Stats time! There are four production variants of the 747-400: The 747-400 Passenger, the 747-400 Domestic, the 747-400 Combi, and 747-400 Cargo freighter. These stats are for the Passenger variant unless noted as different.

Note: Kawika informs me there is a short-field variant of the airplane called the 747SP. It is a shortened version produced in the early 1980s; the Japanese commuter versions mentioned above are no doubt this model. Thanks Kawika!

Note Note: sekicho chimes in that there are -D models of both the 100 and 400 series 747; these are the Japanese mods (D for Domestic?) and that they achieve higher passenger capacity at the expense of both legroom and fuel load. The SP, according to sekicho, is an extended range variant. That would make sense; a shortened, lighter airplane for greater range (the fuel tanks are in the wings and center fuselage; you probably wouldn't lost much - or even any - fuel cap, but would lighten the load.

Note Note Note: sekicho has given up on my slowness of mind and simply noded the myriad varieties of this excellent airplane elsewhere in this node. See it, read it, ching it.

1: snaund notes that there aren't presently any nonstops from NY/London to Sydney, and that the longest is LAX-Sydney. I think that although the Long Range variant can make this flight, it isn't economically viable (especially presently).

Note Note Note Note: Achromatic informs me that in the late '90s, Qantas did have weekly nonstop Sydney<->London service. In addition, 'LR' may have been taken not from the aircraft designation, but from the Australian town 'Longreach!' The longest route flown would have been Chicago O'Hare<->Sydney, which would have to have been the -ER variant. Economics may or may not have been the reason the route was discontinued; passenger discomfort (today including liability to Deep-vein Thrombosis) would have also been a factor. Thanks to Achromatic for this info.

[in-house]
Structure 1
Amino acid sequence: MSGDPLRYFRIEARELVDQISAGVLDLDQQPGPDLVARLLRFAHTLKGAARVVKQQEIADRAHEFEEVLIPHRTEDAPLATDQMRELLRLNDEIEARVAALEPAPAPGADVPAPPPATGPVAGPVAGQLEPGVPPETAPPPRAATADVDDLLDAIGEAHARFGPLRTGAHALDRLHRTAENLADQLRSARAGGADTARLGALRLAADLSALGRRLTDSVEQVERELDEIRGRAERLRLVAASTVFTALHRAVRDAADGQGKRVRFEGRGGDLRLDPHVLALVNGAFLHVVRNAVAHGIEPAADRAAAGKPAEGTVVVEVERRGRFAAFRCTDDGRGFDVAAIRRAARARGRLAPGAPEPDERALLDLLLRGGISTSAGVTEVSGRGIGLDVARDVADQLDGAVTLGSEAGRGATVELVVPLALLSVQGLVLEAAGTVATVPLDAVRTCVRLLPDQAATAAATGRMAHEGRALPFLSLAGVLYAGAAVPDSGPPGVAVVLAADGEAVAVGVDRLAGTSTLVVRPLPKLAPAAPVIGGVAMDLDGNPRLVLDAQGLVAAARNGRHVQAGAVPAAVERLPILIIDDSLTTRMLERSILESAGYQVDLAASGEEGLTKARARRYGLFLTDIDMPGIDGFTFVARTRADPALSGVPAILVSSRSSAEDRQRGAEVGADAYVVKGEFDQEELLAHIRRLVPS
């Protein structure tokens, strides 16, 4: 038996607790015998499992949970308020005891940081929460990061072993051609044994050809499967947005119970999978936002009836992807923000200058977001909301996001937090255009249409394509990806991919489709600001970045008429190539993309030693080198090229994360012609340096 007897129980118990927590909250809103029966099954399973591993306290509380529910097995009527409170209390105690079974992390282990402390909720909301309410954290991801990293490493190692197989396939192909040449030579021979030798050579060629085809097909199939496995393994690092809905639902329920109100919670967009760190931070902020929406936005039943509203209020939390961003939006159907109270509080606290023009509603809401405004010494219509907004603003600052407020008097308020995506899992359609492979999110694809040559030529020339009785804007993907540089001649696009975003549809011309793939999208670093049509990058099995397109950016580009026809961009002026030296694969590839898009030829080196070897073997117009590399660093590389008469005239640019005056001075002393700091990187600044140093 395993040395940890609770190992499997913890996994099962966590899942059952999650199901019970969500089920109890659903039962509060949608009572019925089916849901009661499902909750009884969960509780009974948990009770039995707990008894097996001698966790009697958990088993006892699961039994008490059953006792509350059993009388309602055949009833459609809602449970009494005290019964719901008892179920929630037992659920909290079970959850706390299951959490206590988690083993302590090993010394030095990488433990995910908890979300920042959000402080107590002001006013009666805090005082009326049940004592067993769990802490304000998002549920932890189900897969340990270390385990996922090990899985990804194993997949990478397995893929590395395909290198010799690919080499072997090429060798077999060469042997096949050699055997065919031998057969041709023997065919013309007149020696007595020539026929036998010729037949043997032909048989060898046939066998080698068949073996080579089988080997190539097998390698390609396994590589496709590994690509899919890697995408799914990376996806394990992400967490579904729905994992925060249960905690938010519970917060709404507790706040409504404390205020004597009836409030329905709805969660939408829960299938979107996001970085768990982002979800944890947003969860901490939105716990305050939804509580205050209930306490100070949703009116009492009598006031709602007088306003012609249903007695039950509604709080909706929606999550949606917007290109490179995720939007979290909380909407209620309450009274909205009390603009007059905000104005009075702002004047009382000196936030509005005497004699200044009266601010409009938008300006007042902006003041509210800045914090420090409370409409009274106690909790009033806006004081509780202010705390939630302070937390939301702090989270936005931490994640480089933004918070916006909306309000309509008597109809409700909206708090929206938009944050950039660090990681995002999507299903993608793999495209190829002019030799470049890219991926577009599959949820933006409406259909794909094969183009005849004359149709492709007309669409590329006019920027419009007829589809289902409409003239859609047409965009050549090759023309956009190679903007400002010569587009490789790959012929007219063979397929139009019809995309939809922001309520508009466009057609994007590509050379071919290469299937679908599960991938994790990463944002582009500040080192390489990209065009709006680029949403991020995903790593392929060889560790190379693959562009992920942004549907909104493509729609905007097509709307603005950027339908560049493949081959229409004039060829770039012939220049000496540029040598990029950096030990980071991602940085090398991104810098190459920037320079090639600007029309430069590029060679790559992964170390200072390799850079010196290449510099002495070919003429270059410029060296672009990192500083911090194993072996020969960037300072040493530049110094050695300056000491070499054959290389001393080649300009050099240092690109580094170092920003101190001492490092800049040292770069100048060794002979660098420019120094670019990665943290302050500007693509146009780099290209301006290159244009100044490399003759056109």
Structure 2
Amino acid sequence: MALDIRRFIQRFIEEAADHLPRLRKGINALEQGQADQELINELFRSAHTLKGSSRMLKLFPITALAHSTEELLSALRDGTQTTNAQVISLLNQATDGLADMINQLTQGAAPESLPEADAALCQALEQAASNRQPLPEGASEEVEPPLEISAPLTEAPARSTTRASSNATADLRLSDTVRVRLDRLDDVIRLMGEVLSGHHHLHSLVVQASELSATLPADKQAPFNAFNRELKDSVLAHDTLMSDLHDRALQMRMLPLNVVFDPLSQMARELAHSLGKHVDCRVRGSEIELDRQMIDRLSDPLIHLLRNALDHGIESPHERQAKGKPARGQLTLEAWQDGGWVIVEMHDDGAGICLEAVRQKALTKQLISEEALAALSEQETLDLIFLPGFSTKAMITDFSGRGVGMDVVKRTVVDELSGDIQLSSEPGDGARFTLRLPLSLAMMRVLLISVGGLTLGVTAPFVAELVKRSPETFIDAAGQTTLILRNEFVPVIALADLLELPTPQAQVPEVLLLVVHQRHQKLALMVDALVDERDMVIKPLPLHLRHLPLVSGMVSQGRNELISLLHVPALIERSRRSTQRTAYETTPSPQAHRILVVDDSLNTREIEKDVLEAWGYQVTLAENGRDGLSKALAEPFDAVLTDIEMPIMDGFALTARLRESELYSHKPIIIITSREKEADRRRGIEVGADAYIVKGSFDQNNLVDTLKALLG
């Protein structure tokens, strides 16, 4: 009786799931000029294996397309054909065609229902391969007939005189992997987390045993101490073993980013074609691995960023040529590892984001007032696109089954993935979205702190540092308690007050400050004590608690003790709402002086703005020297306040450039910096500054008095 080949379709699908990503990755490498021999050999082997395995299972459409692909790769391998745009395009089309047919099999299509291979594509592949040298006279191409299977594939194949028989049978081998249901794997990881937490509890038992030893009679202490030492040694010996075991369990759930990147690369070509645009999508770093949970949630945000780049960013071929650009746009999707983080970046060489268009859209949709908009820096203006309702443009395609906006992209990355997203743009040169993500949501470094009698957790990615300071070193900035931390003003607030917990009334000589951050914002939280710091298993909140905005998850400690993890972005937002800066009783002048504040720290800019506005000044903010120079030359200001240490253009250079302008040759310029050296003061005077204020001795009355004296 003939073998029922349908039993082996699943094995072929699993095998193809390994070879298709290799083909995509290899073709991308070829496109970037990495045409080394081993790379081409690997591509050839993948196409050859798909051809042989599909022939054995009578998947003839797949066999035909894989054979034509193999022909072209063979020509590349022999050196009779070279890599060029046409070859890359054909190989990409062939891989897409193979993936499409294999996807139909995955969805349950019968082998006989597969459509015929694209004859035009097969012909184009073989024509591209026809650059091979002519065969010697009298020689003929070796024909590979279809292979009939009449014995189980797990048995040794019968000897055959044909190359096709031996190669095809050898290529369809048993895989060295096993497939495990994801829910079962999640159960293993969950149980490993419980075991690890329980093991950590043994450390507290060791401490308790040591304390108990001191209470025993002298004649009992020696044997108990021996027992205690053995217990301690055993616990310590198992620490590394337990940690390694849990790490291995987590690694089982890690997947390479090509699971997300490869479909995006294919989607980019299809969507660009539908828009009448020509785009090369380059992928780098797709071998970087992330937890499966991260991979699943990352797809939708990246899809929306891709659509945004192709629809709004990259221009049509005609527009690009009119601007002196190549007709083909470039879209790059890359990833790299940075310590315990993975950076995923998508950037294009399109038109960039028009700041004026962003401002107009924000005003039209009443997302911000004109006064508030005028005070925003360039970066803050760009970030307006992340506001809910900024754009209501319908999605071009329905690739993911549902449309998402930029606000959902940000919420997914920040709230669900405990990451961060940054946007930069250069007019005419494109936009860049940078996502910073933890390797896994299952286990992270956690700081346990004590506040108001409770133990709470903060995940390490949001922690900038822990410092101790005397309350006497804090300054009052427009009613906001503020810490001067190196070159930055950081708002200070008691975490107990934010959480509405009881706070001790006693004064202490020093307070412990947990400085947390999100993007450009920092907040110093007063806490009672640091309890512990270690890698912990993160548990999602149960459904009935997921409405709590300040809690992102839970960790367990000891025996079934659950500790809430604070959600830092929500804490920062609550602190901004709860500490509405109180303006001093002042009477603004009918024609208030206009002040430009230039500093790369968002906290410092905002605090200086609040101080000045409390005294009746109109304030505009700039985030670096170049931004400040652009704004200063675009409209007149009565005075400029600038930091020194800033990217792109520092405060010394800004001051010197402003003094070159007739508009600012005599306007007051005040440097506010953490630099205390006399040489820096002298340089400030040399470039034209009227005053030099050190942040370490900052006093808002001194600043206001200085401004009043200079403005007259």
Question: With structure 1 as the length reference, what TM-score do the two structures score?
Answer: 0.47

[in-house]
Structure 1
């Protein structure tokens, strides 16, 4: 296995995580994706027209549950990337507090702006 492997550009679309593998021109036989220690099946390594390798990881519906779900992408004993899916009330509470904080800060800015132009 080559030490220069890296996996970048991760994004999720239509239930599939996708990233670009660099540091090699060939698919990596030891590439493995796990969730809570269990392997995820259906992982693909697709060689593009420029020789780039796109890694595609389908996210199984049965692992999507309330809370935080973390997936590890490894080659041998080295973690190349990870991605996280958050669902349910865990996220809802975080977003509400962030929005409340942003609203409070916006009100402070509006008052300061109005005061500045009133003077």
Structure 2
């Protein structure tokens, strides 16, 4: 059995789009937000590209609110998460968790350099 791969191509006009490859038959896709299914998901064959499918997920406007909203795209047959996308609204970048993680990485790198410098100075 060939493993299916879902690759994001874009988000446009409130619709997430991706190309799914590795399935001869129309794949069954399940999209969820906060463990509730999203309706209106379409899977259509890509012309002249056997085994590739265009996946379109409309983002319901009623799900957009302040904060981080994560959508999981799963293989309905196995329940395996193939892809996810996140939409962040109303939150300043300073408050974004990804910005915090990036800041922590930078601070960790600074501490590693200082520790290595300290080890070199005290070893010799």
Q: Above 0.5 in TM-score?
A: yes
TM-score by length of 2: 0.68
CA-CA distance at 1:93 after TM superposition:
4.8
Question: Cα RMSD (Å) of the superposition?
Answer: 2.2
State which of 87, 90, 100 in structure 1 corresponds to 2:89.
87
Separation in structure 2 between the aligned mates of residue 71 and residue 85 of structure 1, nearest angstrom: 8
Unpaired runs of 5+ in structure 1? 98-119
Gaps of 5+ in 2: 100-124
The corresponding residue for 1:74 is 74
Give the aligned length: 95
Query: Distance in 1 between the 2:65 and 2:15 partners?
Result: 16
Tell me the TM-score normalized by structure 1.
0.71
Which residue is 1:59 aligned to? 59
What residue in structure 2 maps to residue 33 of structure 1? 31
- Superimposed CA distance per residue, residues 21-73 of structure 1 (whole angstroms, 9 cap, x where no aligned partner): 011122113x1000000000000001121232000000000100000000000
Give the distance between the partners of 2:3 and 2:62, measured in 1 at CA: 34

• Passenger Capacity: 3-class- 416 / 2-class 524
  • Cargo: 6,025 cubic feet
  • Max. Range: 7,325 nautical miles (not the Long Range variant)
  • Cruising speed: 0.85 Mach (565 mph)
  • Max. Takeoff Weight: 875,000 lb (437.5 tons U.S.)
  • Max. Fuel capacity: 57,285 U.S. Gallons / 216,840 Liters
  • Wingspan: 211 ft. 5 in. (64.4 meters)
  • Length: Nose to tail, 231 ft 10 in. (70.6 meters)
  • Tail height: 63 feet 8 in. (19.4 meters)
  • Engines: Four engines in under-wing nacelles; one of three types- Note that all of these are high-bypass turbofans.
  • Unit cost: between $150 million and $200 million, depending on configuration

After a dialogue with The Ubiquitous Custodian, I have only realized my own failure to grasp the wide range of 747 variants out there. So far, these appear to be all of them:

  • 747-100: The original version of the 747, seating 330 passengers in 3 classes, and flying up to 5,100 miles. It entered service with Pan American World Airways in 1970. Production ended in 1986: most 100's remaining nowadays have been converted to freighters. The oldest -100's can be easily identified by their hump, which has only three windows from back in the days when the hump contained a lounge; after airlines began sticking business class seats upstairs, Boeing offered a ten-window hump, which quickly became the norm.
  • 747-100B: An improved version with a stronger undercarriage and structural design. Saudi Arabian Airlines still flies many of these.
  • 747-100SR: Domestic variant, seating 505 to 550 passengers. Entered service with Japan Airlines in 1973. All Nippon Airways operates most of the remaining models.
  • Shuttle Carrier Aircraft: A 747-100 refitted to carry the Space Shuttle from Florida to California and vice versa. Until the Challenger disaster, this was a surplus American Airlines 747-100; it was replaced by a former JAL 747-100SR in 1991.

  • 747-200: Same capacity as the -100, but with a longer operating range of 6,800 miles. The hump has eight windows. Entered service with KLM in 1971, and production ended in 1990 with the rollout of Air Force One (see below).
  • 747-200C: Convertible aircraft capable of carrying either passengers or freight. First flew for World Airways in 1973.
  • 747-200F: All-freight version. First flew for Lufthansa in 1972: production ended in 1991.